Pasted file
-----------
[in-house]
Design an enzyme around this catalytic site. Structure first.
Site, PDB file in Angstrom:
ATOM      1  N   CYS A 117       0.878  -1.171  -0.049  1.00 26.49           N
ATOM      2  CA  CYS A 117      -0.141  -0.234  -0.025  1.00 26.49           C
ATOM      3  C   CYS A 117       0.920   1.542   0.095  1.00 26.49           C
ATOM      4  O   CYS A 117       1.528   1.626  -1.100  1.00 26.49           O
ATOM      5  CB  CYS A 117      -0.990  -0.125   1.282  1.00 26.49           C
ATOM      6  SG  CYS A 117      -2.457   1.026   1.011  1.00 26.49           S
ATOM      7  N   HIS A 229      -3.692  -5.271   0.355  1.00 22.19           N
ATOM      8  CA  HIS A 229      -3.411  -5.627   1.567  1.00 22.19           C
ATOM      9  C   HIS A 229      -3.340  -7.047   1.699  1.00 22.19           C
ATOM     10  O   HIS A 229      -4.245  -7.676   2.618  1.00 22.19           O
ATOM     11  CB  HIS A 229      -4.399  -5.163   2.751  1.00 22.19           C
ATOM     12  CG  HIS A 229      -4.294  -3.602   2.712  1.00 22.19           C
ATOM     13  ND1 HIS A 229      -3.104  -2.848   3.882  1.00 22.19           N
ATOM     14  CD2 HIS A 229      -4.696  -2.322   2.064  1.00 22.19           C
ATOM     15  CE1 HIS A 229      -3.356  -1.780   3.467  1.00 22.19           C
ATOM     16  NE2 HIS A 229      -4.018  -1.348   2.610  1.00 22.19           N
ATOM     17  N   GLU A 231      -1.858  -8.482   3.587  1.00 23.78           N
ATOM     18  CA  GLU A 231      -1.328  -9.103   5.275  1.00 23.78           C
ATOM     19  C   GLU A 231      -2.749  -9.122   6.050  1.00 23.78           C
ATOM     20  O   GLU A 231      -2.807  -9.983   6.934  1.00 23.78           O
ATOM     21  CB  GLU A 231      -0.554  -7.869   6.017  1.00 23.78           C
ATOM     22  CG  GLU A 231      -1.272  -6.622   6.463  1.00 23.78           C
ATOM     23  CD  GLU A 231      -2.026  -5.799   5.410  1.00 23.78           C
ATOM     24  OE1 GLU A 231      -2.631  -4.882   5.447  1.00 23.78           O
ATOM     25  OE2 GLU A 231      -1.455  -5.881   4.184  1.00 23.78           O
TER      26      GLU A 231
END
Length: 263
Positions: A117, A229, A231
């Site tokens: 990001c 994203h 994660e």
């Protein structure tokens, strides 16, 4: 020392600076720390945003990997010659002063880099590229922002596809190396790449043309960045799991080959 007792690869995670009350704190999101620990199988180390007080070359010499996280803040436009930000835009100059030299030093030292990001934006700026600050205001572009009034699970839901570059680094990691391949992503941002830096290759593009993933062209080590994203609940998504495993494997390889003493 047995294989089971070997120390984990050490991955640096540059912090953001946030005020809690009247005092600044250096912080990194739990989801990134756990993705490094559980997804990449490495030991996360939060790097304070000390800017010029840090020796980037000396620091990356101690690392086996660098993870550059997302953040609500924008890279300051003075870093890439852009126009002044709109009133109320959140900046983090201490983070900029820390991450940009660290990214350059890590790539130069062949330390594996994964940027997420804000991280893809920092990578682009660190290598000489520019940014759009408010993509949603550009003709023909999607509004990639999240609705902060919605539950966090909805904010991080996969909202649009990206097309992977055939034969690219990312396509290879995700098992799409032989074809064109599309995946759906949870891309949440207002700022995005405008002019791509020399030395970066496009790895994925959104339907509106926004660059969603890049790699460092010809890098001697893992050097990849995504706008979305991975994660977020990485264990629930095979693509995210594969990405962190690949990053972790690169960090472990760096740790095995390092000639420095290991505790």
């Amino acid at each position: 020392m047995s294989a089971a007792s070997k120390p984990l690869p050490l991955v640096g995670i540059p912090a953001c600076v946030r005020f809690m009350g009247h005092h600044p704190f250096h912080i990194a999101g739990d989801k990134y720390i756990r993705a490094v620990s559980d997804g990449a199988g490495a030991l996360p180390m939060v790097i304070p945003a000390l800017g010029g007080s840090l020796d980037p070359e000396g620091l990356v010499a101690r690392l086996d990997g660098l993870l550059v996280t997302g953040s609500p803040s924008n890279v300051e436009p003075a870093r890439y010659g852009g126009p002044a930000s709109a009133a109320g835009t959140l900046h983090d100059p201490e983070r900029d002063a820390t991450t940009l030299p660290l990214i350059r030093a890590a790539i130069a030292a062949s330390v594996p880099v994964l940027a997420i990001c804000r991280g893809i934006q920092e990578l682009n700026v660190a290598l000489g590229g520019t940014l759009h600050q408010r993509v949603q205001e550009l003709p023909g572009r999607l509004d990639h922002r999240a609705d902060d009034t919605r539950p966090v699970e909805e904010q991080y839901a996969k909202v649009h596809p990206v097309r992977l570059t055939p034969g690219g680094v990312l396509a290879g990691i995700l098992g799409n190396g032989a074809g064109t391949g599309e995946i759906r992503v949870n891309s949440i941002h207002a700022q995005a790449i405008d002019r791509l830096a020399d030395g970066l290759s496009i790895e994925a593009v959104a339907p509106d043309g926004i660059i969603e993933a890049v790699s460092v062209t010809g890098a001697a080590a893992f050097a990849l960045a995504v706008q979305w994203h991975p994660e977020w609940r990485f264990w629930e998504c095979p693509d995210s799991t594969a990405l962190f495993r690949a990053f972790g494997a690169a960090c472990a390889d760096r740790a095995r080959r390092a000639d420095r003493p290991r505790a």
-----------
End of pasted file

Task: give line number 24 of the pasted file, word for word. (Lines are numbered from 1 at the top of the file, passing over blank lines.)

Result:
ATOM     21  CB  GLU A 231      -0.554  -7.869   6.017  1.00 23.78           C